Amygdala and Emotions

Amygdala

Amygdala

I was delivering a speech in University of Athens, Athens, Greece. I was describing that amygdala is the size of an almond in our brain. Someone in the audience said amygdala actually means almond in Greek. My amygdala grasped that lasting positive emotional memory that day. How? Let me tell you in a nutshell what amygdala does in human brain.

Amygdala consists of many groups of neurons (nuclei) called amygdaloid complex. All the messages generally enter through the lateral nucleus and go through many other nuclei called basal, basal accessory and medial nuclei, before exiting through central nucleus of the amygdala to all the brain structures.

Emotions are processed at the level of amygdala to generate reaction to positive or negative perceptions. While it is known for the flight and fight reaction when faced with fear with central nucleus playing an important part, there are several parts of the amygdala that generate rage reaction or calmness on stimulation. This is the structure that processes all emotions such as anger, fear, jealousy, and pleasure.

This organ is also responsible for emotional memory- remembering the emotion associated with a certain event (such as my almond story in Athens). That said, interestingly, events associated with negative emotions are remembered better than those associated with positive emotions. No wonder we hang on to painful memories. Hippocampus that hold our long term memories is closely connected to amygdala.

Also, it is important to remember that cognitive abilities such as attention are affected by the amygdala. This is due to amygdala’s connections to the cognitive brain regions or through the emotions impacting thinking.

Amygdala is connected to several regions of the front part of the brain that act as CEOs of emotional and cognitive processing. It is thought that if those CEOs are malfunctioning (top-down) or if the amygdala is not effective (bottom-up), there could be a problem in controlling anger and anxiety, and may also impair attention. This makes me think man-made labels of emotional disorders do not fit into neat labels as so many things can be affected at the same time.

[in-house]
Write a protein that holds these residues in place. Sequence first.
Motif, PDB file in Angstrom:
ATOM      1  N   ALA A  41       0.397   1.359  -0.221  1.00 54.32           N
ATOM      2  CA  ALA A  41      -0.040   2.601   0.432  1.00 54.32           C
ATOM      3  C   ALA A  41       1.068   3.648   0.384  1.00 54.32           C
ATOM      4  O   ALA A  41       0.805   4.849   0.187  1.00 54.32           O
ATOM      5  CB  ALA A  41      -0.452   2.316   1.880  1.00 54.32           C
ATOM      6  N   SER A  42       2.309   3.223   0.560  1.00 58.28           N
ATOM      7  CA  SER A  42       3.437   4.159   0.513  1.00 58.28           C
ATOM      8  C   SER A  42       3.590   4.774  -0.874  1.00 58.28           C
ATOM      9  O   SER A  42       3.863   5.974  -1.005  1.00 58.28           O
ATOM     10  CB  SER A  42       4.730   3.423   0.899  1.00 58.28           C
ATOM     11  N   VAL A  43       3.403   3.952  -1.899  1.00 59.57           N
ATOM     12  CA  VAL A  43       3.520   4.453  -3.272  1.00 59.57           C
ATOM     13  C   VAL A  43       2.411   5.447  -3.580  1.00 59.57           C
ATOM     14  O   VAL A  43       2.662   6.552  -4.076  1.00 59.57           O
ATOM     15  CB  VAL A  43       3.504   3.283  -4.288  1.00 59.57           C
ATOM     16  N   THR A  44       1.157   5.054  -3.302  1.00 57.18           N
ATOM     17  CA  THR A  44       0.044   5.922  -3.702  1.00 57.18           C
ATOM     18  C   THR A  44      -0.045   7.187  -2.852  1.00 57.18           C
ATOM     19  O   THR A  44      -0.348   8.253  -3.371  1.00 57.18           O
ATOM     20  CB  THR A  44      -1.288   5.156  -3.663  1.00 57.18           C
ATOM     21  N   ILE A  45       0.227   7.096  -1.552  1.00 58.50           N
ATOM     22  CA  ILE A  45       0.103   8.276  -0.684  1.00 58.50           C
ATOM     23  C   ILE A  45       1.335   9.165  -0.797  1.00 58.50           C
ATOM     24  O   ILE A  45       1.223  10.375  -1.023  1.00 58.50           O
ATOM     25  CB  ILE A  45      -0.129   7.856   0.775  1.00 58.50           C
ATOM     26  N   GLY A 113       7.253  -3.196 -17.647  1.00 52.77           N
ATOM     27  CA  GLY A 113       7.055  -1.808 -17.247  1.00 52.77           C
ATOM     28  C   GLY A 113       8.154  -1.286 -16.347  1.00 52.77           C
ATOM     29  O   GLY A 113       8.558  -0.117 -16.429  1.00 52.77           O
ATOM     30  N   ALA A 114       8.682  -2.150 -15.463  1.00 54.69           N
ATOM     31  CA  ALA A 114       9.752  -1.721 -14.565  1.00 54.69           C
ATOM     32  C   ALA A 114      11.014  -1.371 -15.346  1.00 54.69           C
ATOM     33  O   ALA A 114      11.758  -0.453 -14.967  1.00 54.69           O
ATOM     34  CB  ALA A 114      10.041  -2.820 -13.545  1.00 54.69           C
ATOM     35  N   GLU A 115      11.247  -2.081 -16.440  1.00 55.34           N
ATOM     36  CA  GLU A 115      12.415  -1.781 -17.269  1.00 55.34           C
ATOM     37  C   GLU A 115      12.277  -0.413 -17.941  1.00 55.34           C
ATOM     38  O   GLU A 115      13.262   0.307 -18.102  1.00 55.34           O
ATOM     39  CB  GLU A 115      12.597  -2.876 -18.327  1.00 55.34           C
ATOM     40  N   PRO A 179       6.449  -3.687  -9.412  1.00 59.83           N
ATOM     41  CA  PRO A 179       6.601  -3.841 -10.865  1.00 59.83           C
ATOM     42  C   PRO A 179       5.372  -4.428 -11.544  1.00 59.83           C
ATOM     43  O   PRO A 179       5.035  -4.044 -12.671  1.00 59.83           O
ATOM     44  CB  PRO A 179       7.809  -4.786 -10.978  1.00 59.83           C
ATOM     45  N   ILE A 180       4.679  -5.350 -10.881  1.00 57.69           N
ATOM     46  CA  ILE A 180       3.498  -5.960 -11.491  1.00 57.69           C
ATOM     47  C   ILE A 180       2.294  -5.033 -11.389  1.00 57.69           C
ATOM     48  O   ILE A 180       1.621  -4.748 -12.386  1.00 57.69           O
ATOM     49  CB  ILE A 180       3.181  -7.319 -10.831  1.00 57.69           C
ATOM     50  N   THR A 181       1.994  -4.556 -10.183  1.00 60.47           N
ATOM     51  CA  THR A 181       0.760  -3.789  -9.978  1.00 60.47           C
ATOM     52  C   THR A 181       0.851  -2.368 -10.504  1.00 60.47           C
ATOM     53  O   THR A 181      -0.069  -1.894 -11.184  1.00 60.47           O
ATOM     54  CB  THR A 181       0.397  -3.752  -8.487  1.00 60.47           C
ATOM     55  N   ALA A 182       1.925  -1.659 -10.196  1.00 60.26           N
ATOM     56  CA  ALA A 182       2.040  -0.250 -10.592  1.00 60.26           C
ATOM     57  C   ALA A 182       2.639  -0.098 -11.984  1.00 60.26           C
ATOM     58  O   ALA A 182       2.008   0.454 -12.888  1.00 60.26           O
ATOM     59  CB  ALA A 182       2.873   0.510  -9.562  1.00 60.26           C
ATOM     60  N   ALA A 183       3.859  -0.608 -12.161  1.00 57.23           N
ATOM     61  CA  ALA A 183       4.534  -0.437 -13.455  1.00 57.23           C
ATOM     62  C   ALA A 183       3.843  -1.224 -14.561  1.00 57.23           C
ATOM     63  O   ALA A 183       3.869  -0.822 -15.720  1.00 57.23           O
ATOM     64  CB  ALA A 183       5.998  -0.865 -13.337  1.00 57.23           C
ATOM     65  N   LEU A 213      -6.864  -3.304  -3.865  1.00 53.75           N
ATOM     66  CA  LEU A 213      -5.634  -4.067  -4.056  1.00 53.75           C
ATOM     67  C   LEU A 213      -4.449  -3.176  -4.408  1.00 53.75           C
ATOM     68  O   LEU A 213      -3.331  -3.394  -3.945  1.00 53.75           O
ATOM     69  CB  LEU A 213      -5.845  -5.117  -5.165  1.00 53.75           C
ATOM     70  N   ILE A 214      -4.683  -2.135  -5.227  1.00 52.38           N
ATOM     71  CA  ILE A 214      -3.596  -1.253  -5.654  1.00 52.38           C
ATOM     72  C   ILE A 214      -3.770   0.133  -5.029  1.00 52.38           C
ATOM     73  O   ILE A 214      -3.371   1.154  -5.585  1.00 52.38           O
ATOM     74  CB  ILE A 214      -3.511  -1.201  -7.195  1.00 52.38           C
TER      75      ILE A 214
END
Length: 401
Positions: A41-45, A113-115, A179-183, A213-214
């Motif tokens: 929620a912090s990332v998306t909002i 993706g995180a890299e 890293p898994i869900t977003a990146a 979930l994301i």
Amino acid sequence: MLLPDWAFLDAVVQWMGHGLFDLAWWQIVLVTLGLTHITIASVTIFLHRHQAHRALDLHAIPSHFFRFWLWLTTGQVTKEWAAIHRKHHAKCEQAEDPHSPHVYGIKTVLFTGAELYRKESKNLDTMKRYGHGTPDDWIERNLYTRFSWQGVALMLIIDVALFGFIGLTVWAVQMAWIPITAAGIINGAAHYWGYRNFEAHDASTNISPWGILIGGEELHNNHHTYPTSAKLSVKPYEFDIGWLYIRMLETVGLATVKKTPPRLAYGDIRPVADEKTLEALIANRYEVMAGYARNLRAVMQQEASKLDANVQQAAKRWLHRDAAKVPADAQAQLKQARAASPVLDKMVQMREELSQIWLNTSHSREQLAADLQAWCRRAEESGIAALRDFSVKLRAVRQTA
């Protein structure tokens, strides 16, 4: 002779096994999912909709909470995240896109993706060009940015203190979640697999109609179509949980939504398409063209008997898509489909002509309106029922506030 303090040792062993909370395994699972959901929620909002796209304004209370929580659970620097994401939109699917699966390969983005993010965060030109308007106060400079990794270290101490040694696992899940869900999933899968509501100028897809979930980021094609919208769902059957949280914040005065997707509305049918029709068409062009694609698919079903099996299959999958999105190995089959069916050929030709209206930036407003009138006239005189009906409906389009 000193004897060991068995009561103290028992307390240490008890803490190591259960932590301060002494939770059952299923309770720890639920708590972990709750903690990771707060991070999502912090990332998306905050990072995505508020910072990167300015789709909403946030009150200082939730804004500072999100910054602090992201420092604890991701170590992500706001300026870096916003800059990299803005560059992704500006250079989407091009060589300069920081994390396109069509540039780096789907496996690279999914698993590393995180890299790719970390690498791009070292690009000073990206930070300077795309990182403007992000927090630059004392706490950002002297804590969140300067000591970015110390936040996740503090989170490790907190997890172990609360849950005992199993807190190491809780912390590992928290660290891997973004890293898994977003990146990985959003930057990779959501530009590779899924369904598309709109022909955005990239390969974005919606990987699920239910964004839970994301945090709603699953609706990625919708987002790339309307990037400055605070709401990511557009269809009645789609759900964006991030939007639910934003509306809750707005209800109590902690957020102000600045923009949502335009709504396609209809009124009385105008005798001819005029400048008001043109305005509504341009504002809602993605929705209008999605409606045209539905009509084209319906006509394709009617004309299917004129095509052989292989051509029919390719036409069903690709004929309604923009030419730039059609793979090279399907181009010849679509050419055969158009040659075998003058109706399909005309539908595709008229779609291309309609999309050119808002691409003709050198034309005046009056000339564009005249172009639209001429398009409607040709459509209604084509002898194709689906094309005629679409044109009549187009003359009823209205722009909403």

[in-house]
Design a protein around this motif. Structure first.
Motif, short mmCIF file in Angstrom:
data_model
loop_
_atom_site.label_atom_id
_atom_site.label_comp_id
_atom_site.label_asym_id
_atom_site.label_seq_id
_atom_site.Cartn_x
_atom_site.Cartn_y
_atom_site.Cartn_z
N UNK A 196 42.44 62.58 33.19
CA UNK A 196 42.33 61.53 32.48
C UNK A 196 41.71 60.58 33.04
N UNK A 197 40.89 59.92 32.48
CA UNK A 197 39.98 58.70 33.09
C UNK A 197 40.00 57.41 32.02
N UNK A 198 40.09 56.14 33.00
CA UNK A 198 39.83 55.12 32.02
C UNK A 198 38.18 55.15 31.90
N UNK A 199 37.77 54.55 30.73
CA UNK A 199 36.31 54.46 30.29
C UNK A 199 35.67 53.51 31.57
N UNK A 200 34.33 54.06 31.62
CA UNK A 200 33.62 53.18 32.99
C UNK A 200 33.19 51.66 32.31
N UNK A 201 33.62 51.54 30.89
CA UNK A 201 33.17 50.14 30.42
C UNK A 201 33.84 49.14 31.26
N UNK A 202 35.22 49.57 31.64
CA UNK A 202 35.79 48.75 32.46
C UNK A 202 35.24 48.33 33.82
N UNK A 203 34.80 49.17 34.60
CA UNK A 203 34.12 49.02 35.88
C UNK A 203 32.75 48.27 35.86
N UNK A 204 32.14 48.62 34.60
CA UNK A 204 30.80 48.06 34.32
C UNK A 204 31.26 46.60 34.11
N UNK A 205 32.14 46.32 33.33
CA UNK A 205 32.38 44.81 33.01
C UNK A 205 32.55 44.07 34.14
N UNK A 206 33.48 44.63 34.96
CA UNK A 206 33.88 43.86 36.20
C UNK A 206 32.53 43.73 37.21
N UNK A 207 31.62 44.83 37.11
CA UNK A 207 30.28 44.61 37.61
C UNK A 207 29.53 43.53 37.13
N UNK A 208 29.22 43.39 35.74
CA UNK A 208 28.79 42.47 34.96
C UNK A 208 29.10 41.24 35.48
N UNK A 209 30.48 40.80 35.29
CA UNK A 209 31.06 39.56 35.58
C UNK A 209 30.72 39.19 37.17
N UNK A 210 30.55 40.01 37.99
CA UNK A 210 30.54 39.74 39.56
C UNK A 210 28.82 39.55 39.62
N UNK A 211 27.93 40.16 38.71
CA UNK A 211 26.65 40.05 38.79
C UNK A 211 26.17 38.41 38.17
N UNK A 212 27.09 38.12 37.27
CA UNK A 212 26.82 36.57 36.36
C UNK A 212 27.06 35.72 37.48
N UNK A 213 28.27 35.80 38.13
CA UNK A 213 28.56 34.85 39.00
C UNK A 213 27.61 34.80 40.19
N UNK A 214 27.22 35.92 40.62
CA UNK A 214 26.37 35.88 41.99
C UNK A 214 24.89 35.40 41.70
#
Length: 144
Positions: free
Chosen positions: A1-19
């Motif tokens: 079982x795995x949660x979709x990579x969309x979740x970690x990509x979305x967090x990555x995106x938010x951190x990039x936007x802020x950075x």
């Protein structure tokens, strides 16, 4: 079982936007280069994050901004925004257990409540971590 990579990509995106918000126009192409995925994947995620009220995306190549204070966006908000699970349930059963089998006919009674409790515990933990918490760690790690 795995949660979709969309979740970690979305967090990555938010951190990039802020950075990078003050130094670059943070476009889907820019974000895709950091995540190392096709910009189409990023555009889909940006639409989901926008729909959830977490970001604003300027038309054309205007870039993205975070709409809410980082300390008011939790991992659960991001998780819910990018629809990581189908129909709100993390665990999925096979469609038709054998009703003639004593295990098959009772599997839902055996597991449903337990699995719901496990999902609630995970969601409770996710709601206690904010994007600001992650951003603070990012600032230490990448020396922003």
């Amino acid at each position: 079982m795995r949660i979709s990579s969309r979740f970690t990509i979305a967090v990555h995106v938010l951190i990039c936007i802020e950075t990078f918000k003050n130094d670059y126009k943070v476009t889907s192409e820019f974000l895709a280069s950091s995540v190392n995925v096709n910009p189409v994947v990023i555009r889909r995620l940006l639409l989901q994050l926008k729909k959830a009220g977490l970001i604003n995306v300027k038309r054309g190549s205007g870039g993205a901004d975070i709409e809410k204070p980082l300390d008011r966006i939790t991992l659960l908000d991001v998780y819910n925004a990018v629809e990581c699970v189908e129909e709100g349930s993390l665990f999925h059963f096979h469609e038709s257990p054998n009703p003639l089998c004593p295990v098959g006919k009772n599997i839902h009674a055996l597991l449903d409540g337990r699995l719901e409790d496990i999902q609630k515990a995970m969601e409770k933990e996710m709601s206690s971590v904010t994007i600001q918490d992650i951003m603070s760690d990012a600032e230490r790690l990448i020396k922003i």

What is fascinating is that if one perceives any emotional stimulus for less than 40 milli seconds, emotions that are processed at the amygdala will not reach the CEO in the prefrontal cortex, and you see just the amygdala becoming overactive without supervision. This could be akin to knee jerk reactions without reflection or amygdala hijack!

2 Comments
  1. Vijay 4 years ago

    Mani, Is not that all people are born and endowed with same levels of intelligence/cognition? Why we retain and recall ‘some’ and ‘not all’ events from childhood through current day?

    ~Vijaygopal

    • Author
      admin 4 years ago

      Vijay, Thanks for the comment. My immediate thoughts are: I separate this into three tiers.
      1. Genetics that dictate each one’s cognitive, emotional and social functions;
      2. Aptitude: All things such as cognition being in similar range, it is the interests and inclinations that influence our thought process and generatively
      3. The hardware capacity: It is like percolation where some remain, some fade as a natural process of memorable events dictated by the intensity of the event (negative more than positive), importance of the event, and I may add, some that enter like sand grains for no reason. Our brain is built to filter these memories, otherwise, our minds are overcrowded. Right? I will write in the future about working memory vs. other kinds of longterm memory soon. Watch for it…

Leave a reply

Your email address will not be published. Required fields are marked *

*

CONTACT US

We're not around right now. But you can send us an email and we'll get back to you, asap.

Sending

©2019 KLEO Template a premium and multipurpose theme from Seventh Queen

Show Buttons
Hide Buttons

Log in with your credentials

Forgot your details?